Saying goodbye to the ‘Jena 6’
by ALTON H. MADDOX JR.
Originally posted 10/25/2007
Black leaders belatedly stepped into a hornet’s nest when they supposedly sought to free the “Jena 6.” It was apparently unknown to them that they were dealing with the evil spirits of Bull Connor in 1963 Birmingham and Jim Clark in 1965 Selma. If Dr. King could advise them, he would say that you had better bring your “A” game to Jena.
Instead, Black leaders ran for the tall grass when the bees started flying. Jena, LA after September 20 is now a no-fly zone. Local officials drew a line in the sand. Black leaders responded by getting hat. Jena is history and represents a successful pacification program.
The first leg of the retreat included a stop in the nation’s capital. The House Judiciary Committee held a hearing on the Jena 6, but forgot to subpoena the two prime suspects, Judge J.P. Mauffray and LaSalle Parish District Attorney J. Reed Walters, who fabricated and prosecuted false accusations against Mychal Bell under color of law.
Mychal Bell was tucked away in a prison after 60,000 persons exported the First Amendment to Jena. Mauffray and Walters saw them as “outside agitators.” Someone would have to pay, and the juvenile justice system in Jena could easily put its hands on Bell.
Arbitrary and capricious decisions are routinely accorded immunity under Louisiana law. The prosecutor is accorded prosecutorial discretion and qualified immunity. The judge enjoys absolute immunity. This is why Blacks must always have supportive watchdogs in the judicial system.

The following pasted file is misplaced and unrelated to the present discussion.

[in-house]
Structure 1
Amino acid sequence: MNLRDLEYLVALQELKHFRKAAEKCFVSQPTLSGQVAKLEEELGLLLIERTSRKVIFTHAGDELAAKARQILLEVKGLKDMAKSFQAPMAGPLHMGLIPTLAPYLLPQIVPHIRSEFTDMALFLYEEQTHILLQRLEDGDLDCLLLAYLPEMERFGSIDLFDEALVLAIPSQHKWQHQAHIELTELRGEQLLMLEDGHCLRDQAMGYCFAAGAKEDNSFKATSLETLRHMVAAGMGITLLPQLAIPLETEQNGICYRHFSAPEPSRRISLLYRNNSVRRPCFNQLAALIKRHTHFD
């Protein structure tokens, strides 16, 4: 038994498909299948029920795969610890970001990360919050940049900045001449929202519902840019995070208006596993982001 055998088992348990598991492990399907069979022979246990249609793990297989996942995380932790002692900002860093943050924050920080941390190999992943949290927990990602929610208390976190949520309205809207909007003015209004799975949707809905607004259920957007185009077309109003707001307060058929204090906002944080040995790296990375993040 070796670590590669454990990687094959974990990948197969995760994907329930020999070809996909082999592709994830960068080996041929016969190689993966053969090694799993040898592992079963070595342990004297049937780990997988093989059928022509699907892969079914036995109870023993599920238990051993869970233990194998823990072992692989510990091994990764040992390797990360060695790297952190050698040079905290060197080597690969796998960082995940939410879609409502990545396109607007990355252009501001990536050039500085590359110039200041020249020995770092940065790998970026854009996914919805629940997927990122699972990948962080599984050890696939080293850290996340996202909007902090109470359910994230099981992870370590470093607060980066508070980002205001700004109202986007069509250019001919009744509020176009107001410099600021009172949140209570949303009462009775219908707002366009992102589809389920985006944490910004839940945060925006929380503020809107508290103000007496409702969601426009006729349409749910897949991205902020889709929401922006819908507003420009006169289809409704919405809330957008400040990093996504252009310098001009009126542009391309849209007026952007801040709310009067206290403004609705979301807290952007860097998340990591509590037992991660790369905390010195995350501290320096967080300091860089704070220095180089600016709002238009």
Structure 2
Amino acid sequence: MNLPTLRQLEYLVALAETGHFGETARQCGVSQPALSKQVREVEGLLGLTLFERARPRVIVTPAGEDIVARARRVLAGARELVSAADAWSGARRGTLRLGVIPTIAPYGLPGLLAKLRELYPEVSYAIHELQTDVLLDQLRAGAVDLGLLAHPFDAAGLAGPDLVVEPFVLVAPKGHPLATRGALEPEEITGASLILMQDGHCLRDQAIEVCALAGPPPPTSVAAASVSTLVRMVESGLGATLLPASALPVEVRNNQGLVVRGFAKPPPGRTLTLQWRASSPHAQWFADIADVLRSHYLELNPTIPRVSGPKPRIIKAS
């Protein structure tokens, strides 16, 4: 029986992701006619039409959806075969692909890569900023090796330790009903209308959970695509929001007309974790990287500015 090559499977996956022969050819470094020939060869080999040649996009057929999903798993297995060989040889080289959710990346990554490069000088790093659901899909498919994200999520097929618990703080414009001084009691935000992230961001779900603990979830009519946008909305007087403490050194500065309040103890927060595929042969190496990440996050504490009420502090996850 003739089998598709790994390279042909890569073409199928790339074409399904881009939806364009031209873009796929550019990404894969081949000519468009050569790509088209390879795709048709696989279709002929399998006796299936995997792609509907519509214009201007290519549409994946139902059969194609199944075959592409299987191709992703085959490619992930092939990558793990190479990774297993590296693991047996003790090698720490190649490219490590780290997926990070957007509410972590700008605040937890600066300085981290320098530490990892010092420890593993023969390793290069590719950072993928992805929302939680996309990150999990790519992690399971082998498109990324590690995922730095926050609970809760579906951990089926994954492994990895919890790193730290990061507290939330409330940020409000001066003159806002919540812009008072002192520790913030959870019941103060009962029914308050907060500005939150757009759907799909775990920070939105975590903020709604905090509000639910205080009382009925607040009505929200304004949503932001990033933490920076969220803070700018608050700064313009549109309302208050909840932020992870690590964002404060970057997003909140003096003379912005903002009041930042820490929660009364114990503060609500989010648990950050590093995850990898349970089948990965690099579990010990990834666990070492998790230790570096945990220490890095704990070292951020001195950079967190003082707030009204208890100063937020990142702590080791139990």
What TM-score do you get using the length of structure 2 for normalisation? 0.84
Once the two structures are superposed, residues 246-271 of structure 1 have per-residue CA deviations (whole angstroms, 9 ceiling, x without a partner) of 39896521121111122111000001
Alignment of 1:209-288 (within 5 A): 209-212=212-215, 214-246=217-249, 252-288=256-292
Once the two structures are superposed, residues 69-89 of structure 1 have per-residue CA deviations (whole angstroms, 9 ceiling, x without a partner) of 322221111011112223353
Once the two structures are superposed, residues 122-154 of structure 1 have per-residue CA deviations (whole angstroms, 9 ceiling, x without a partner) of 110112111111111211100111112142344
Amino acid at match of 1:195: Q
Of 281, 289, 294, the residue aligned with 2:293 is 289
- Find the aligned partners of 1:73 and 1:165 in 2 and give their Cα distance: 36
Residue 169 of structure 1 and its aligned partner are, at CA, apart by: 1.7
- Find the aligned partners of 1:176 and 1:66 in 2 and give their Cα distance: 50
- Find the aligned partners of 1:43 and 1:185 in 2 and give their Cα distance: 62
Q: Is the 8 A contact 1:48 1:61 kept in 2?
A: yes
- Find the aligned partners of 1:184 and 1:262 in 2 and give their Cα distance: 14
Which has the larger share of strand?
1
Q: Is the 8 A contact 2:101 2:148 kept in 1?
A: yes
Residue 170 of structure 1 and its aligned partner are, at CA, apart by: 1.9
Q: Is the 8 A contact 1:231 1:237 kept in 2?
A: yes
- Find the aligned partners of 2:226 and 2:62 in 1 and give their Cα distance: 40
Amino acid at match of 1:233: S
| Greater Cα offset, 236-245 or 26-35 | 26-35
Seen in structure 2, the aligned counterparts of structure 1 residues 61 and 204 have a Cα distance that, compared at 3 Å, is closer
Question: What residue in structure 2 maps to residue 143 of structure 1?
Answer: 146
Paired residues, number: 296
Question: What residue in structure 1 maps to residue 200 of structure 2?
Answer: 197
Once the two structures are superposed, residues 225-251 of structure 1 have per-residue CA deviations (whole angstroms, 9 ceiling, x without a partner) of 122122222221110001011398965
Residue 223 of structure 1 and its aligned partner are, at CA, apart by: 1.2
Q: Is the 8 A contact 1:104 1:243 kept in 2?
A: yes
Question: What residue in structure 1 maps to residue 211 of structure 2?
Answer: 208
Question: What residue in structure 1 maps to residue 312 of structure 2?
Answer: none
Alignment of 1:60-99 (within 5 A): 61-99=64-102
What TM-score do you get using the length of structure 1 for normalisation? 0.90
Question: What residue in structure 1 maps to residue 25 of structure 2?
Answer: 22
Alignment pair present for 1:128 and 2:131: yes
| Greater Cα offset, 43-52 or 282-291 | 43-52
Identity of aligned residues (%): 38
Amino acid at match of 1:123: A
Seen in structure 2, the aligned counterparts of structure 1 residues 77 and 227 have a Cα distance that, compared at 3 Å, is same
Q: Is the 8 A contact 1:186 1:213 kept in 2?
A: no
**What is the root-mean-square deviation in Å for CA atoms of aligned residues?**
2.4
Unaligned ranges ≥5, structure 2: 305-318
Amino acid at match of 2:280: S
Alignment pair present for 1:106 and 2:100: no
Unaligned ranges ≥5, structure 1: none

No Black child, ensnared in Louisiana’s juvenile justice system, “has any rights that whites are bound to respect.” This is no joke. Once a Black child is captured by law enforcement officials, he or she has the same rights as Africans caught by bounty hunters for the slave trade.
The issues in 1963 Birmingham and 1965 Selma were small potatoes compared to the Jena 6. They were about integrating social rights and participating in plantation politics. Dr. Martin L. King, Jr. would desert the Civil Rights Movement in 1967 and demand a redistribution of wealth.
Whites will never get over the 1960s, and they hang nooses periodically to remind us of what is still in store. Eventually, they will make good on this promise. In the meantime, whites are stockpiling assault weapons. This country is headed for a race war with defenseless, in addition to incarcerated, Blacks.
Jena 6 represents our very survival as a people. The statistics are alarming. Nearly 90 percent of all children in Louisiana’s juvenile justice system are descendants of enslaved Africans. Black youth constitute only 39 percent of the state’s youth population.
Louisiana has an official custom of not incarcerating white children unless they pose a clear and convincing threat to other whites. This explains why the white students at Jena High School were given immunity. For years, Louisiana has prosecuted an unchallenged war against Black children.
The white taxpayers have a solution for Black youth. Louisiana, at great expense, arbitrarily incarcerates Black youth. The state spends up to $200 per day to keep Black youth behind bars after they have been railroaded in district courts operating with two sets of books and judges wearing two hats.
It is twice as expensive to incarcerate Black children in Louisiana than to send them to Harvard. Eight students could be sent to Louisiana State University for what it costs to keep a Black child behind bars. Most of this money is used for security instead of education and rehabilitation. Whites are willing to pay dearly for genocide.
The worst statewide prison for Black children in Louisiana was located in Jena, with oversight responsibilities conducted by the local judge and the local prosecutor. This institution resembled a slave ship. Europeans manned the ship and Africans were the captives.